Institute for War and Peace Reporting | Giving Voice, Driving Change
Desperate Refugees Put A Curse On Both Houses
On the eve of the new millennium, Ingushetia resembles a vast 'gulag'. Thousands of Chechen refugees huddle together for warmth in flimsy canvas tents or freezing railway carriages. The streets of Nazran seethe with Russian troops.
"Mummy, Mummy, is he a good Russian?" asks a four-year-old girl pointing at a passing Russian soldier.
Her mother, Madina, shrugs her shoulders. She is lost for a reply. Earlier this month, Russian troops stormed her village of Alkhan-Yurt, just outside Grozny, and razed it to the ground.
"We never thought they'd bomb us," she says. "You see, Malik Saidullaev [head of the pro-Russian State Council] comes from our village. We even collected 10 roubles from each house, slaughtered a cow and gave it all to the soldiers - so they would leave our village in peace.
"But that didn't help. They wiped Alkhan-Yurt from the face of the earth. True, they apologised afterwards and said they weren't the ones who bombed our homes."
Now a refugee eking out a hand-to-mouth existence in Ingushetia, Madina blames Russian prime minister Vladimir Putin for starting the war. I try to tell her that the Chechen warlord, Shamil Basaev, is the guilty party, that he mounted a bloody raid into Dagestan in October and... Madina interrupts me. "And who do you think paid him?" Boris Berezovsky, of course.
Many of the refugees agree with her. They say that this war, like the last one, is nothing more than a conflict of commercial interests. They say the Russians are fighting for the oil wells - in a bid to boost Putin's popularity rating. The other refugees rally around and nod energetically.
They are unwilling to listen to any other opinion. On one thing, however, we all agree: the war is a terrible thing.
"Look at my children," says a woman from Grozny with four youngsters in tow. "What sort of a childhood is this? They can't sleep at night, they tremble all the time. When the planes bombed us, my daughter ran off into a corner and wouldn't utter a word. I shook her. I just wanted her to say something. I thought she had lost her mind or gone deaf and dumb." This woman also blames Basaev.
The Ingushetian president, Ruslan Aushev, was right when, on the eve of the second Chechen campaign, he said, "The longer the war goes on, the quicker people will forget what it was all about in the first place."
As the Russian war machine drives deeper and deeper into Chechnya, the endless stream of refugees pouring into Ingushetia continues to swell. According to the latest estimates released by the government in Nazran, more than 240,000 Chechens have already crossed the border with another 200-500 arriving every day.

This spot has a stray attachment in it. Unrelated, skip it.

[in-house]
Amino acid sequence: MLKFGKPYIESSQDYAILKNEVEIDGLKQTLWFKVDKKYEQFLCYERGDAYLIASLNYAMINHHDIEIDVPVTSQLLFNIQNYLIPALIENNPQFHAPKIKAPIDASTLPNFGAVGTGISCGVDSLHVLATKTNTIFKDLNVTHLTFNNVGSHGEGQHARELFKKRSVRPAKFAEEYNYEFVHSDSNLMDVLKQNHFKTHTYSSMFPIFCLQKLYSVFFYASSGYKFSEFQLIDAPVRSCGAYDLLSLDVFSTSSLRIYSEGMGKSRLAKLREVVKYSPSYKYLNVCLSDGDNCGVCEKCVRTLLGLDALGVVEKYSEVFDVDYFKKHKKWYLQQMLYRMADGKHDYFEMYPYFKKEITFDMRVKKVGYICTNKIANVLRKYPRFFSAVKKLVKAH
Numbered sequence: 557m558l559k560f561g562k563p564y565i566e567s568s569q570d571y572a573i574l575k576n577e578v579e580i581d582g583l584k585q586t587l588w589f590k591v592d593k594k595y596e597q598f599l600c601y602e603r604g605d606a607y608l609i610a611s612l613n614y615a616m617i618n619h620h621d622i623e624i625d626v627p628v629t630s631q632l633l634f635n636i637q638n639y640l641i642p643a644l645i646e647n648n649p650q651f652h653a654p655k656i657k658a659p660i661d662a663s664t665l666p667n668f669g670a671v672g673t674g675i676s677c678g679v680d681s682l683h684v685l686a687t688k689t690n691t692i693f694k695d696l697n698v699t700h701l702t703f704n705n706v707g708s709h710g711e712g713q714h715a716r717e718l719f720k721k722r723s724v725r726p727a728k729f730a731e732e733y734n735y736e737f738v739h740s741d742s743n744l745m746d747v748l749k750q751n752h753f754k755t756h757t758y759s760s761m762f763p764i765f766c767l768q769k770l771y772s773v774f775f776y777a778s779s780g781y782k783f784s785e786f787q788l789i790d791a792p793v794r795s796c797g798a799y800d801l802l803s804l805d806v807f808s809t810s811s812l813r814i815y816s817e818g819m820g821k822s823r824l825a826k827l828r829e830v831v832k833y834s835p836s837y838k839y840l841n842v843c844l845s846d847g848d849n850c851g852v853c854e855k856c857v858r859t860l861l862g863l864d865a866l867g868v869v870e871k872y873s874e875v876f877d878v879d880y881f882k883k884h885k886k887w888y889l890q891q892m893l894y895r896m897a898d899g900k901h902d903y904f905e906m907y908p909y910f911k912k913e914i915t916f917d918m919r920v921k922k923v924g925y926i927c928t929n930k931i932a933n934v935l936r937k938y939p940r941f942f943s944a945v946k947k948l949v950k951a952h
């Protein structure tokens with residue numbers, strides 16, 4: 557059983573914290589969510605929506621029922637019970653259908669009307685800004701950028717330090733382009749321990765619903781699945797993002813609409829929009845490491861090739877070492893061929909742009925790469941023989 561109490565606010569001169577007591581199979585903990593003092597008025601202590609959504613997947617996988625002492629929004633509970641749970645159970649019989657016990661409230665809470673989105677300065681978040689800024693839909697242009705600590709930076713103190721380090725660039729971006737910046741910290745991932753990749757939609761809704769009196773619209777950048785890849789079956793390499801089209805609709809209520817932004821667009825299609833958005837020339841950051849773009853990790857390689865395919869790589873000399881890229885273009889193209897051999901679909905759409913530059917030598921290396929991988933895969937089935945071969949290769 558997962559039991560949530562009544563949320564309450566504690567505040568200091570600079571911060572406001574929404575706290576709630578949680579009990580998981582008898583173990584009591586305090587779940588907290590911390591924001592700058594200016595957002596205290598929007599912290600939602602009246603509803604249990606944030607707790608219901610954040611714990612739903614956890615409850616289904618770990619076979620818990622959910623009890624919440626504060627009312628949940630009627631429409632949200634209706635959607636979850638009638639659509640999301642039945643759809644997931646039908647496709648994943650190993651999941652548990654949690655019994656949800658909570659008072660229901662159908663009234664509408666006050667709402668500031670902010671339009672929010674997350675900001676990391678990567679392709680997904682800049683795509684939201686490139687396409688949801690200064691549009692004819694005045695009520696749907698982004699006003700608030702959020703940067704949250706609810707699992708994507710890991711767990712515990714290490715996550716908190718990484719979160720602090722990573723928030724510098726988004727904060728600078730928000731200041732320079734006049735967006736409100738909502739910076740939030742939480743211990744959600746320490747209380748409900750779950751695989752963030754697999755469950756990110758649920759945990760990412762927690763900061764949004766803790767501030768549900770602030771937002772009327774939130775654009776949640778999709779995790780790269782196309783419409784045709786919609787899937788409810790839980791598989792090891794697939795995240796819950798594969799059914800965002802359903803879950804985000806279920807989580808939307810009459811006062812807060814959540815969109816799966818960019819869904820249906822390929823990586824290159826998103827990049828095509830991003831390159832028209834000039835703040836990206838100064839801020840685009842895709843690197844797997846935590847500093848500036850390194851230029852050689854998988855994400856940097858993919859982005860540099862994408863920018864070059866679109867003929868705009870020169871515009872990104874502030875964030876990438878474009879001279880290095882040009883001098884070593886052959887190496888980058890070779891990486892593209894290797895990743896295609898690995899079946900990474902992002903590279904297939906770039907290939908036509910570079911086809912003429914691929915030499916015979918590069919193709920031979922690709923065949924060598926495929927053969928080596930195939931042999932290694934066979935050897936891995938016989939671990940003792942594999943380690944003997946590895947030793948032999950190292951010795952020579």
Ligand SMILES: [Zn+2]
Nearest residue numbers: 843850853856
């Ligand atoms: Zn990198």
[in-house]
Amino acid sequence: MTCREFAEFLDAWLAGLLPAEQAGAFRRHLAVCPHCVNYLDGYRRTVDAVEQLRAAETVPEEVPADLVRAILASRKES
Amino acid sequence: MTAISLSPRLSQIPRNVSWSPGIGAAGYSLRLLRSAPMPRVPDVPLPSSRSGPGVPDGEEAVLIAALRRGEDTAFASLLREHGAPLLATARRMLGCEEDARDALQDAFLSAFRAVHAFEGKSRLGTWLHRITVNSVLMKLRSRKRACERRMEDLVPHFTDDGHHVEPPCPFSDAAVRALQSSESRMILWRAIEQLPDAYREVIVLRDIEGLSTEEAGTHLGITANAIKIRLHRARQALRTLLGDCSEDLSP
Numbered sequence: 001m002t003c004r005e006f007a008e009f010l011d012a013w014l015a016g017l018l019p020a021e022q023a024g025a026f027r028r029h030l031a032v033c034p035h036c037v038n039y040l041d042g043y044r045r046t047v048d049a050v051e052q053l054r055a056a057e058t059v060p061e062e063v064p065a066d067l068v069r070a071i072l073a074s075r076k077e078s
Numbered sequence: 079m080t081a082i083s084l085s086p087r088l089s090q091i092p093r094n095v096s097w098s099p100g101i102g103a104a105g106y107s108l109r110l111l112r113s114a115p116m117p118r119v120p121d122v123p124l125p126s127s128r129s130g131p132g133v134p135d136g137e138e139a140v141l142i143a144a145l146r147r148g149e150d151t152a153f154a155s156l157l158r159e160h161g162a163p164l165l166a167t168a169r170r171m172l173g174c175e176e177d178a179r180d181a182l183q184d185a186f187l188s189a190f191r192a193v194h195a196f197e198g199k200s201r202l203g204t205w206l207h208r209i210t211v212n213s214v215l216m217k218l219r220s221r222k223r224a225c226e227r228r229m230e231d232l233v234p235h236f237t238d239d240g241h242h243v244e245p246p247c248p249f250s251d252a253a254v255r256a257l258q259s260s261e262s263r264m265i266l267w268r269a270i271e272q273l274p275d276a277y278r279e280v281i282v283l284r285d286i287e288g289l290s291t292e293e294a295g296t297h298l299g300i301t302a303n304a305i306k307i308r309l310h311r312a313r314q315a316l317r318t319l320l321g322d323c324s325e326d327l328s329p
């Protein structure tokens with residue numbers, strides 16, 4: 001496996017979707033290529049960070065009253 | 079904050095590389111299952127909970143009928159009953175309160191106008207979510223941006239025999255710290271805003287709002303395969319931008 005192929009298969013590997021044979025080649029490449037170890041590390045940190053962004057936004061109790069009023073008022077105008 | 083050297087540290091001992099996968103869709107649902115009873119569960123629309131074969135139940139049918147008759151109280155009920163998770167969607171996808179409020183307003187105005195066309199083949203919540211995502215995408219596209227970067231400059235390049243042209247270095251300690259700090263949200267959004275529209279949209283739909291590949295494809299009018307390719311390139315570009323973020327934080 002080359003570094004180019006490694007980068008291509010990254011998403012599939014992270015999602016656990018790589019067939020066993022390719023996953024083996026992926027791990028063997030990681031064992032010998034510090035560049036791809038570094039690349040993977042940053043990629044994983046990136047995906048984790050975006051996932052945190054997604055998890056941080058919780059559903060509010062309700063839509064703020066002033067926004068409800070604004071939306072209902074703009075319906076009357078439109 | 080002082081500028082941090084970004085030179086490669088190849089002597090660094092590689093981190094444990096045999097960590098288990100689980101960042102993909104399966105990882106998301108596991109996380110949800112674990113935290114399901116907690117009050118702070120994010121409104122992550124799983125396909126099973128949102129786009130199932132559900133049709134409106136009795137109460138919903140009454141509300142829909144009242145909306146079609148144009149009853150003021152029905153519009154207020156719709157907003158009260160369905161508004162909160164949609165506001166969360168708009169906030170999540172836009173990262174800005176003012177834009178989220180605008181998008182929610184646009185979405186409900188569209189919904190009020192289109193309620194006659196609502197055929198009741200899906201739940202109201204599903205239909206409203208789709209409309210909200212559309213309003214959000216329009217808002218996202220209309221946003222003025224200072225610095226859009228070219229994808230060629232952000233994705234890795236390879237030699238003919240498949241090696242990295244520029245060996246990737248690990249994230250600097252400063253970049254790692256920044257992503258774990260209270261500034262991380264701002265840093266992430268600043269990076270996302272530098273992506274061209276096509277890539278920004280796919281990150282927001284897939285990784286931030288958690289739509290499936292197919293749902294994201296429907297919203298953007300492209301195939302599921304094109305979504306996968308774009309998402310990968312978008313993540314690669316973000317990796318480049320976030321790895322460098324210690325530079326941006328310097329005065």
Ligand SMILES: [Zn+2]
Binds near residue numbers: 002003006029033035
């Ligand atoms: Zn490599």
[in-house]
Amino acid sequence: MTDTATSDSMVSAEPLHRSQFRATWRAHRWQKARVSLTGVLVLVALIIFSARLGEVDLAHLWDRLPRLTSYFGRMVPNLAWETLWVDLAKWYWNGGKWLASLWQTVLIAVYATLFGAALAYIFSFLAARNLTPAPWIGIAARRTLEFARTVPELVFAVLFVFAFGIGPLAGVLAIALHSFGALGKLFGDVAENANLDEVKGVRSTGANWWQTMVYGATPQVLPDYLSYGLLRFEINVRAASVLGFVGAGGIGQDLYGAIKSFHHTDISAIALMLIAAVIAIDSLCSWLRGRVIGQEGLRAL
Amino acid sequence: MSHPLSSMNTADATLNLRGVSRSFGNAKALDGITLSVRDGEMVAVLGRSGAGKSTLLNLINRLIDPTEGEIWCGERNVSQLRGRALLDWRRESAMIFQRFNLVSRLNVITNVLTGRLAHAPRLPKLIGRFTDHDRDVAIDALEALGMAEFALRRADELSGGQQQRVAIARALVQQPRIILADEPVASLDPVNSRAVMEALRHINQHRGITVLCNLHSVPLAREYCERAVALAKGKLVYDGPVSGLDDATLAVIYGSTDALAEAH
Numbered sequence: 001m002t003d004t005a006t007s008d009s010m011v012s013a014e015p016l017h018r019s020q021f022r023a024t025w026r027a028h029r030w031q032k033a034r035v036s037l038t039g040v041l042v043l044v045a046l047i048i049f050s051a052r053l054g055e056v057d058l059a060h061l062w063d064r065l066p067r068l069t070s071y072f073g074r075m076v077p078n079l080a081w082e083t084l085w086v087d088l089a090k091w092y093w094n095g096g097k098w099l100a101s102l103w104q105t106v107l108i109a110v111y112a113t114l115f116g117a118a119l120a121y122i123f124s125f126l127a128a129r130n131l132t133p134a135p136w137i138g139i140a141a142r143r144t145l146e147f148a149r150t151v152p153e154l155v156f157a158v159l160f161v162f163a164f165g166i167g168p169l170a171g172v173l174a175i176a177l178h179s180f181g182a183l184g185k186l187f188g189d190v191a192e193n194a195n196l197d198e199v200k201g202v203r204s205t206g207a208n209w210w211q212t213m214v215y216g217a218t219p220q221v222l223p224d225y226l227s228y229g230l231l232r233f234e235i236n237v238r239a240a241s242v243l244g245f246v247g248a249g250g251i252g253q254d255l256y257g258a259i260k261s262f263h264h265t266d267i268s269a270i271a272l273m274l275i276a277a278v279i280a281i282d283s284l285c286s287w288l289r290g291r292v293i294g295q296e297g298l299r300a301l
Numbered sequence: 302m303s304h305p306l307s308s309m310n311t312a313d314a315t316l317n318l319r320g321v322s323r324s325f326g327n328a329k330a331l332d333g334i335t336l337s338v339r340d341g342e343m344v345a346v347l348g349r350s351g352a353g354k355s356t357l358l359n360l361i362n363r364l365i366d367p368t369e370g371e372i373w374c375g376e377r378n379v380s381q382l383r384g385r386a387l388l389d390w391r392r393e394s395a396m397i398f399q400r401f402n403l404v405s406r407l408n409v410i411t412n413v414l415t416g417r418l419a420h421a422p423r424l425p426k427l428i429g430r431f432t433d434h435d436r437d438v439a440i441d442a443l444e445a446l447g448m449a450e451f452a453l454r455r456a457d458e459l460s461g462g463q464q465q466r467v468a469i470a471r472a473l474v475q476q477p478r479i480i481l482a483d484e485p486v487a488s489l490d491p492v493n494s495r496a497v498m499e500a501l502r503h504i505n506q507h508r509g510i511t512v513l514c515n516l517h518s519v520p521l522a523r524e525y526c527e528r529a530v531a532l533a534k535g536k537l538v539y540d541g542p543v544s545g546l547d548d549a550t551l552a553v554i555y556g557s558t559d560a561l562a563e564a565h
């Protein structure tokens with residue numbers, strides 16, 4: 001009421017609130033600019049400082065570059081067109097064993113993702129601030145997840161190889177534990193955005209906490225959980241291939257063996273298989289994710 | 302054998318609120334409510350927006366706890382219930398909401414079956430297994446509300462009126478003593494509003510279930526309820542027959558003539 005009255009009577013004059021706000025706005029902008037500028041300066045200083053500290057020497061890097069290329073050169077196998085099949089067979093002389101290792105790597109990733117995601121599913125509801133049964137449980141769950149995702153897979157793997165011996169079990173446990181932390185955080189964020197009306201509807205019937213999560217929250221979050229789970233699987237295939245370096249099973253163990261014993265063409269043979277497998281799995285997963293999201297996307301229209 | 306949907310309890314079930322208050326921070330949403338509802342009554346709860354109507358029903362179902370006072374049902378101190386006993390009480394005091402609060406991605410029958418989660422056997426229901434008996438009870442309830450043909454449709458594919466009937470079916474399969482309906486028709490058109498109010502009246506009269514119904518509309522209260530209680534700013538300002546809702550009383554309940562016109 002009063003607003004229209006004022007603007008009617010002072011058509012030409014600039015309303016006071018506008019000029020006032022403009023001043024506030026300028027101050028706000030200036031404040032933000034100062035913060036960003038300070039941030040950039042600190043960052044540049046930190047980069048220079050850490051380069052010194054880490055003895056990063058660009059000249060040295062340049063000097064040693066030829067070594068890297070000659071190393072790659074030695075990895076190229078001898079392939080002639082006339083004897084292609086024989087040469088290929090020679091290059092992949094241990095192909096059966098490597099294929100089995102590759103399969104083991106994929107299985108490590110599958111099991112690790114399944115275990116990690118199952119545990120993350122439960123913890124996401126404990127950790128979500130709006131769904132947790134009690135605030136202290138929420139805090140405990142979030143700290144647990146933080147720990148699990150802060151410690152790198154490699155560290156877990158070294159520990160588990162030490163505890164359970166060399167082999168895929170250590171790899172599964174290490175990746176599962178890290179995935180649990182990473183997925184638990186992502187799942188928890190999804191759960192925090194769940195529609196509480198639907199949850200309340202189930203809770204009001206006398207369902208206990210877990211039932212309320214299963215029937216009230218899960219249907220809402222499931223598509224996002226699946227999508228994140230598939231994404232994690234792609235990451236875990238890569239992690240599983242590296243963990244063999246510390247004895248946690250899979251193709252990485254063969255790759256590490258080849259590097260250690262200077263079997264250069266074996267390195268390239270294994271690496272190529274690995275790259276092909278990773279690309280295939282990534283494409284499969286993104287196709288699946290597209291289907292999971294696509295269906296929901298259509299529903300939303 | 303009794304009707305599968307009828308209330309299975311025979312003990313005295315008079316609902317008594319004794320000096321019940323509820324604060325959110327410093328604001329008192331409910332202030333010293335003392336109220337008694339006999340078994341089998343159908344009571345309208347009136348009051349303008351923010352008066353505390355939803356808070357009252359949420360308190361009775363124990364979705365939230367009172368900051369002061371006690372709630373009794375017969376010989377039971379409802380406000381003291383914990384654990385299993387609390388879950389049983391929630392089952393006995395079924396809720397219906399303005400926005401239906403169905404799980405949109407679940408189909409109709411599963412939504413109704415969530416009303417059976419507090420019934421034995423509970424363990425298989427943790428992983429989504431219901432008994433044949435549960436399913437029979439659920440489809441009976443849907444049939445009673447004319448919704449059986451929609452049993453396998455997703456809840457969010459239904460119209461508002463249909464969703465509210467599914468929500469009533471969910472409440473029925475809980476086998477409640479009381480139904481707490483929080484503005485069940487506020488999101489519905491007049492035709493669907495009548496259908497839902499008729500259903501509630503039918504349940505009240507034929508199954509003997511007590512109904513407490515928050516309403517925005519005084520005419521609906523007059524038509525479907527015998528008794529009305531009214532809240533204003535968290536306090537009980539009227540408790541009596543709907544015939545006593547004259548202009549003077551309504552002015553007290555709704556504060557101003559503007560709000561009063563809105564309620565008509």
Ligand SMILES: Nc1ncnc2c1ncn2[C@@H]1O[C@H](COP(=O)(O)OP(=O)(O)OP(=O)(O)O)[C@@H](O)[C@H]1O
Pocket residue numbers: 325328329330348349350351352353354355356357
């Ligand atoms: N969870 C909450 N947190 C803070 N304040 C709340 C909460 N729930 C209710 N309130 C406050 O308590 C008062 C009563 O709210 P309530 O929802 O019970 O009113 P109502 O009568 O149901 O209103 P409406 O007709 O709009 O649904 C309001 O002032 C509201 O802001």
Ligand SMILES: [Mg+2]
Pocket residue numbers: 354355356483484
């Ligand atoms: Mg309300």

The journey to Nazran is fraught with danger: the road is regularly strafed by Russian planes and artillery (most recently outside Goity). Wounded refugees are immediately rushed to hospital in the nearby settlement of Sleptsovsk.
Although the hospital here has just 40 beds, it is crammed with over 60 patients, mostly women and children. New patients are treated in the corridors or even in the cellar: the overflow is passed on to other hospitals further along the road.
There is a chronic lack of bandages and painkillers. Head doctor Mazhit Albakov says that the total absence of penicillin has resulted in a high degree of amputations.
"She's our leader - no she is!" The wounded refugees point at an elderly woman with a bandaged arm and then at two-year-old Salambek who has a piece of shrapnel lodged in his hip. They laugh at their joke. The elderly woman - the rebel leader - also manages a smile but the boy looks mystified. He just stares at my camera.
The wounded in the hospital are fed three times a day but the refugees in their canvas shantytown can expect nothing but bread. Three loaves per 15 people, once every 24 hours. Occasionally, humanitarian aid comes to the refugee camp in the form of grain and noodles. There is never enough to go around.
It is a miracle that the refugees do not lose all sense of dignity. Even in these inhuman conditions, they try to count their blessings. "It's better to live in a tent than in a cellar, under endless bombardments," they reason. And they are glad to be alive. In the Sputnik camp, which houses around 8,200 refugees, I saw some of the younger inmates celebrating a wedding. Life goes on in spite of everything.
But there are people who have fallen victim to despair. They no longer have any desire to return to Chechnya. "This war will just go on and on," they say. They ask me to help them secure refugee status and emigrate abroad. But then they immediately dismiss the idea. "Who needs us over there? And how are we going to afford to get the right documents?"
Some day, the war is going to end. But the Russian authorities have yet to face their greatest challenge in Chechnya: convincing the Chechen people that the Kremlin, which launched its "anti-terrorist operation" three months ago, bears no ill will towards the civilian population of the embattled Caucasian republic.
Erik Batuev is a journalist with Svet newspaper in Nazran.
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